The Constitution is the Supreme law of our country. As such, one would expect constitutional cases to be ‘first among equals’, and be afforded a privileged treatment. Such is unfortunately not the case. Our system is still not equipped to treat them with the expected deference. It is time to change this state of affairs, by easing access to constitutional justice.
It is thus proposed that constitutional cases be consecrated as they should be, namely through: the creation of a dedicated division of the Supreme Court; the extension of the time limit to seek constitutional relief; the imposition of a time-frame within which to dispose of constitutional cases; and the need for judicial activism in order that constitutional questions be addressed, regardless of whether the issue is academic or not.
Creation of a Constitutional Division
It is proposed that a constitutional division of the Supreme Court be created. This should be a mere formality, as it entails nothing more than a simple, as opposed to a constitutional, amendment of the law – as was indeed the case in 2020, when four distinct divisions of the Supreme Court were formalised through an amendment of the Courts Act.
These were the Family, Commercial, Land, and Financial Crimes Divisions. The first two divisions had already been de facto operational since 2008 and 2009 respectively, having been set up administratively by the then Chief Justice. Additionally, the Mediation Division was created in 2010.
It is widely recognised that these new divisions have streamlined and fast-tracked cases falling under their ambit. They have also, over time, created a body of judges who have acquired specialised skills. All said and done, they have improved the lives of litigants and legal practitioners alike. There is therefore no reason why constitutional matters should not receive the same treatment, and be ascribed a dedicated division.
Extending the Time-Limit for Relief
A citizen who alleges that his constitutional right has been, is or is likely to be contravened may seek redress before the Supreme Court by way of a plaint with summons. In order to do so, he should observe a strict time-limit. The Constitution empowers the Chief Justice, and not the Legislature, to fix such time-limit.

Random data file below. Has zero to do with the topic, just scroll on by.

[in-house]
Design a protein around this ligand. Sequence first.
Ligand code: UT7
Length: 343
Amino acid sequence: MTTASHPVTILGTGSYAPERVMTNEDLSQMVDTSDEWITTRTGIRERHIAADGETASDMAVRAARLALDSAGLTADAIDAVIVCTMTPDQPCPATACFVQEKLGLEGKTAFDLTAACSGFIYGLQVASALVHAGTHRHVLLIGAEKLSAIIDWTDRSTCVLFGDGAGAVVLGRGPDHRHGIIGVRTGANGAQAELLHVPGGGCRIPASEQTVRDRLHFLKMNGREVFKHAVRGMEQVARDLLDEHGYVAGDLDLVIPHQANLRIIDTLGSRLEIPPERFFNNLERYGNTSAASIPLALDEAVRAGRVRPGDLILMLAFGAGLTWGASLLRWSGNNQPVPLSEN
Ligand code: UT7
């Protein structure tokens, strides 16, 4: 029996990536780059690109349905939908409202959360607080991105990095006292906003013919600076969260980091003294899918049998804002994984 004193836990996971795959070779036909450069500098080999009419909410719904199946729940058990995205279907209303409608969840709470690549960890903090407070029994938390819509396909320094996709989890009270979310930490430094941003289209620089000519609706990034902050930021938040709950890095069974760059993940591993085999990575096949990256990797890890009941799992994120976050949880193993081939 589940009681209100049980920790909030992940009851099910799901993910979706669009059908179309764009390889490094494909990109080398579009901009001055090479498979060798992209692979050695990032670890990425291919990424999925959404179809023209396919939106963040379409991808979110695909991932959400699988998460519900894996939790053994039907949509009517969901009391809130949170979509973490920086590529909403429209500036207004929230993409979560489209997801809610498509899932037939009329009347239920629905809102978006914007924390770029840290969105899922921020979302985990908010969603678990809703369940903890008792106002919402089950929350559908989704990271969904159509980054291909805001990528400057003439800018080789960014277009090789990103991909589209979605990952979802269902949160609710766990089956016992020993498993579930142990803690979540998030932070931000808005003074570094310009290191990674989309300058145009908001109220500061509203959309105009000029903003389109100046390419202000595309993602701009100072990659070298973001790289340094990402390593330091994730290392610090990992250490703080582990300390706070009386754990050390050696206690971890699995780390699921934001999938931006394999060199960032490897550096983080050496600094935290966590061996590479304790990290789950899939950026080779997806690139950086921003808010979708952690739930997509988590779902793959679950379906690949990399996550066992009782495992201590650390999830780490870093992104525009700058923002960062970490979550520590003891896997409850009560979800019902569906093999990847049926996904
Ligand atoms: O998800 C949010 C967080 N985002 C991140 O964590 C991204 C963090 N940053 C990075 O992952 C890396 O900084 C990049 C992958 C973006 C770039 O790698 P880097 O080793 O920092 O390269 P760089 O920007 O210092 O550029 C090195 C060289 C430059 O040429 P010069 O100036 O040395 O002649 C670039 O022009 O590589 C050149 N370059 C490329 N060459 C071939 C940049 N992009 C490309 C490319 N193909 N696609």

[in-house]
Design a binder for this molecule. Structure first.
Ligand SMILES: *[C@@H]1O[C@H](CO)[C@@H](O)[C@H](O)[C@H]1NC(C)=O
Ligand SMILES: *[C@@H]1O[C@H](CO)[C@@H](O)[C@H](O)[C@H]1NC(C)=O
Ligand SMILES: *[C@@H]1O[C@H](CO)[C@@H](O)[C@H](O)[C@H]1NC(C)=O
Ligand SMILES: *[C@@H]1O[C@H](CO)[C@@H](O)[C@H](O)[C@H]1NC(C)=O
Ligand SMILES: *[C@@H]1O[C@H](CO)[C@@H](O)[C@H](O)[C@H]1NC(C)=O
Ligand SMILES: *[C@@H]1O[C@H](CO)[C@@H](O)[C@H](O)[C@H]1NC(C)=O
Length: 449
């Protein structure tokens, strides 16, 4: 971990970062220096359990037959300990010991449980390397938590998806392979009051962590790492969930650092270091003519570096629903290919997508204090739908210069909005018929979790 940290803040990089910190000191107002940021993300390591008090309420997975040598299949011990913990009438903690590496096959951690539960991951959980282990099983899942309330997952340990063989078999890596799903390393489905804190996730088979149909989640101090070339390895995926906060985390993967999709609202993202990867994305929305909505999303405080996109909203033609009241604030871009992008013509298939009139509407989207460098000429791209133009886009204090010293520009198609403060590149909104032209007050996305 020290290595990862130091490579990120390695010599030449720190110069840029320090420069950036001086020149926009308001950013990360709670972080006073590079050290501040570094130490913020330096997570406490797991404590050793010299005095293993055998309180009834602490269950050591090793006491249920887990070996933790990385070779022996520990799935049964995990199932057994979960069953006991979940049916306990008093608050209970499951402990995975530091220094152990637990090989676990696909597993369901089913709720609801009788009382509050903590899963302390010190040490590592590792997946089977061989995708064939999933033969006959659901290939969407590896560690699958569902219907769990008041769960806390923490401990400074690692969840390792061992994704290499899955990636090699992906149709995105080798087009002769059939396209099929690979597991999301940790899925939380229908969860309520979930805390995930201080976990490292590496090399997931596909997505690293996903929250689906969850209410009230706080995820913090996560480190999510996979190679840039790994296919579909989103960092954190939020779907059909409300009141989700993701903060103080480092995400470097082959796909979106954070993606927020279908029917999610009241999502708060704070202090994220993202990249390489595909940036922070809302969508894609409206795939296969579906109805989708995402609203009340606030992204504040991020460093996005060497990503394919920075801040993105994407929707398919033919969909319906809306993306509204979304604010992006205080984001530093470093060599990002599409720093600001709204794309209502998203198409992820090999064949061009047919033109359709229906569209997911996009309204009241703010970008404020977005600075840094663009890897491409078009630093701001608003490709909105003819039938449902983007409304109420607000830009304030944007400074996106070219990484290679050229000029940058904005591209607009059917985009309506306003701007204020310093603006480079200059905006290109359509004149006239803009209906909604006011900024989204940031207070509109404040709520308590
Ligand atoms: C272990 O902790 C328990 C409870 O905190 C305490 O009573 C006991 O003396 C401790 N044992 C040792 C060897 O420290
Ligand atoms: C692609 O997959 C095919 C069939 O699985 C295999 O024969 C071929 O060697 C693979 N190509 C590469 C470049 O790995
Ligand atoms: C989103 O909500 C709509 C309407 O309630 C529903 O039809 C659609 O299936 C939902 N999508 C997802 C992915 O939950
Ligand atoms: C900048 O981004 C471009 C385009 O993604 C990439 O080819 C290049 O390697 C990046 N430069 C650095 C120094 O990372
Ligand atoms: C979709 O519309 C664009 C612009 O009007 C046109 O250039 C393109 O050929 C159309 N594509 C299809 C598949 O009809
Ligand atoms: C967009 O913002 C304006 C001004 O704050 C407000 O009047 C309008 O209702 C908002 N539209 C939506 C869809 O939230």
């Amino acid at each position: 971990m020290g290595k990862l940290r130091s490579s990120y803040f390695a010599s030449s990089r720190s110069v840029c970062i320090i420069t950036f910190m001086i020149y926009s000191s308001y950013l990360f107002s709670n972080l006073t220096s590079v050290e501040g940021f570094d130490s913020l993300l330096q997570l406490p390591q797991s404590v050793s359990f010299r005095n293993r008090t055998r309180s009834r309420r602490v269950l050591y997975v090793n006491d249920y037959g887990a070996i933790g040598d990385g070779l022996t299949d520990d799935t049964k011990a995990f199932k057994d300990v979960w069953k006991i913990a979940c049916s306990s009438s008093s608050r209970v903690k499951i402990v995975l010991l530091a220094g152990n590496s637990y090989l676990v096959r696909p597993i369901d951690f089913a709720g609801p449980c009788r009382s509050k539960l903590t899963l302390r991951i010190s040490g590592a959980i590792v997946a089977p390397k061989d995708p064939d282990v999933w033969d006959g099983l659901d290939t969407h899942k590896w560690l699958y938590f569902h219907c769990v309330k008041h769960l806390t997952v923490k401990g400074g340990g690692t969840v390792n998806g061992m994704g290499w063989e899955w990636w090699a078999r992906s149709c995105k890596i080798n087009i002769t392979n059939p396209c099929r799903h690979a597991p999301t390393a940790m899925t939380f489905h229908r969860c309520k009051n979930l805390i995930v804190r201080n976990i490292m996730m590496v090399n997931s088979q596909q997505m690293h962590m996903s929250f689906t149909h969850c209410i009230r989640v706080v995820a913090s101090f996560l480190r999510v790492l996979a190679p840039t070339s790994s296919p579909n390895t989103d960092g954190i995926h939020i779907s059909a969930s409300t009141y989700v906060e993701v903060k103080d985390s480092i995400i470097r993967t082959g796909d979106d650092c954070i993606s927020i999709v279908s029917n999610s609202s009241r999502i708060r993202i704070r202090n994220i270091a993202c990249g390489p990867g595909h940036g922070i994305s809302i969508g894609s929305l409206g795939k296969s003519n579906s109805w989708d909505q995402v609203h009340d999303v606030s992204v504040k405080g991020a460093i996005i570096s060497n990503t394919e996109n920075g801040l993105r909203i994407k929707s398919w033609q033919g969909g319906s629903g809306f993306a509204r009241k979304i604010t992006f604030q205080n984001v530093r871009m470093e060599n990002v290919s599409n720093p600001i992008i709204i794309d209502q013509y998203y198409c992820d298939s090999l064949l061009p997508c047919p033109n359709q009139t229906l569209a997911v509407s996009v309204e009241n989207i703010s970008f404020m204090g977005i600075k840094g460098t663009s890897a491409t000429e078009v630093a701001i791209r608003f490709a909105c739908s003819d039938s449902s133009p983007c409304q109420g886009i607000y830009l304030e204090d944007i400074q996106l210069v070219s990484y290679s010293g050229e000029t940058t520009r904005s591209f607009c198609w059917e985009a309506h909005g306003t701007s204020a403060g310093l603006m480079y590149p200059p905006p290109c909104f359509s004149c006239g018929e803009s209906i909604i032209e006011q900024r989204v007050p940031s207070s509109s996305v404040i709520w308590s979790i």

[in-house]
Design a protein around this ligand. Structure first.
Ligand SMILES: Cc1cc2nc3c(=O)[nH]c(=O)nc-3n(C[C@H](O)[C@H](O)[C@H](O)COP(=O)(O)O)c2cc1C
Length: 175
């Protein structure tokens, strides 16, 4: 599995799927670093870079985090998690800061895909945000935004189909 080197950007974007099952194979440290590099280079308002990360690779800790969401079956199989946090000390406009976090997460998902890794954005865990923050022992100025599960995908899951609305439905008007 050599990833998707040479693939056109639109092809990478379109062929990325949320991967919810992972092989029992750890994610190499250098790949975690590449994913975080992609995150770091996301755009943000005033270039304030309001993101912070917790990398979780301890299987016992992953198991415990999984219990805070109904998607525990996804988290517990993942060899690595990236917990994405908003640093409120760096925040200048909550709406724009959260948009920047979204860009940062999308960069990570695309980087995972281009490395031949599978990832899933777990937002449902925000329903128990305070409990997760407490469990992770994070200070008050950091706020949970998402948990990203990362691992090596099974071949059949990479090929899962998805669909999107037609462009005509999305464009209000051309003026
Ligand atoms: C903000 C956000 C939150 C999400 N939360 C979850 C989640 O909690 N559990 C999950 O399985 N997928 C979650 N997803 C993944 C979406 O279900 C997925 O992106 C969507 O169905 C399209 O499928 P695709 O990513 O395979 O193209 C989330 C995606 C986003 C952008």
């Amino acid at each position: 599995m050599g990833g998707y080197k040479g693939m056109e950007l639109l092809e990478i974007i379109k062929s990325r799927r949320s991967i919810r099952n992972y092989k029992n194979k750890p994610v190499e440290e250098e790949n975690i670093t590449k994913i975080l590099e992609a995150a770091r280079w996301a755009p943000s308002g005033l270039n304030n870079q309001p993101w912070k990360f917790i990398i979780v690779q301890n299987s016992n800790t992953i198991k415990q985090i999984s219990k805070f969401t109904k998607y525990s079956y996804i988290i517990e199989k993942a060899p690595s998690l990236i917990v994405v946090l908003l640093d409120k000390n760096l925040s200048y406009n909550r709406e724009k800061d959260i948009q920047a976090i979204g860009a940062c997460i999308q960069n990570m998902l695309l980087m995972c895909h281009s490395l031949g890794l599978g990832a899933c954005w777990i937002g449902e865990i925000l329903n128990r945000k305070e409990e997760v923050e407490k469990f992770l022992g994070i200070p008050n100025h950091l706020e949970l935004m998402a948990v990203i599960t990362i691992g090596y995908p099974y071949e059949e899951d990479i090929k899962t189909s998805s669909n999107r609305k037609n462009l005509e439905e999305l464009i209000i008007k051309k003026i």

In 2000, the then Chief Justice had, by virtue of the Constitutional Relief Rules, set the limit to 3 months. In so doing, he had reduced the previous time-limit of 6 months to 3 months.
This overly restrictive time-limit operates unfairly against the citizen. It is inconceivable that an aggrieved party should be unduly pressed for time when it comes to vindicating his fundamental rights. In order to alleviate the harshness of the existing Relief Rules, the Chief Justice is urged to restore the 6 months’ time-limit.
Fast Tracked Case Management
The Supreme Court has a dual role in constitutional matters. First, it can make a declaration in any application by any person to determine whether any provision relating to his fundamental rights has been contravened. Secondly, it can determine the conformity of any legislation with the Constitution. In both cases, its role is to construe the law in the way most conducive to give full force and effect to human rights and freedoms.
It offends common sense to, on the one hand, impose a strict time limit on an aggrieved party to lodge his case; whilst, on the other hand, allowing the case to then drag on over several years before its final determination. There is an added danger that issues may cease to be live by the time the matter is finally heard by the court. It is therefore suggested that constitutional matters should be fast tracked to be completed within a specified time-limit of, say, one year – so as to satisfy the requirement of a trial within a reasonable time.
It is thus proposed that pleadings be exchanged within mandatory time-limits, witnesses’ statements be adopted, and factual issues be narrowed down as far as possible. Finally, written submissions should meaningfully supplement oral submissions in court.
Need for Judicial Activism
It is perfectly understandable that a case that falls foul of procedural requirements should be thrown out. However, there are other cases where the court has rejected an application on the ground that there is no ‘live issue’ before it; for instance, because the plaintiff is no more affected by the complained act, such that the issue has become ‘academic’.
It is submitted that there may, in exceptional cases, be a good reason in the public interest for the court to use its discretion to hear a matter although it has become academic. This discretion was exercised favourably in the recent case of Vimalen Reddi v. Ministry of Health, where the appellate court pronounced itself on an academic question, and reversed the decision of a Judge in Chambers who had declined to hear an urgent application on the ground that he allegedly had no jurisdiction to do so.
It is suggested that judicial activism should be the norm in constitutional matters, since no issue can be said to be strictly academic here. The constitutional court should be able to pronounce itself on a matter of great public importance, whether academic or not, because its primordial role is to interpret the Constitution, and to make a declaration that would set a precedent for posterity. Incidentally, this is precisely what the Conseil constitutionnel systematically does in France.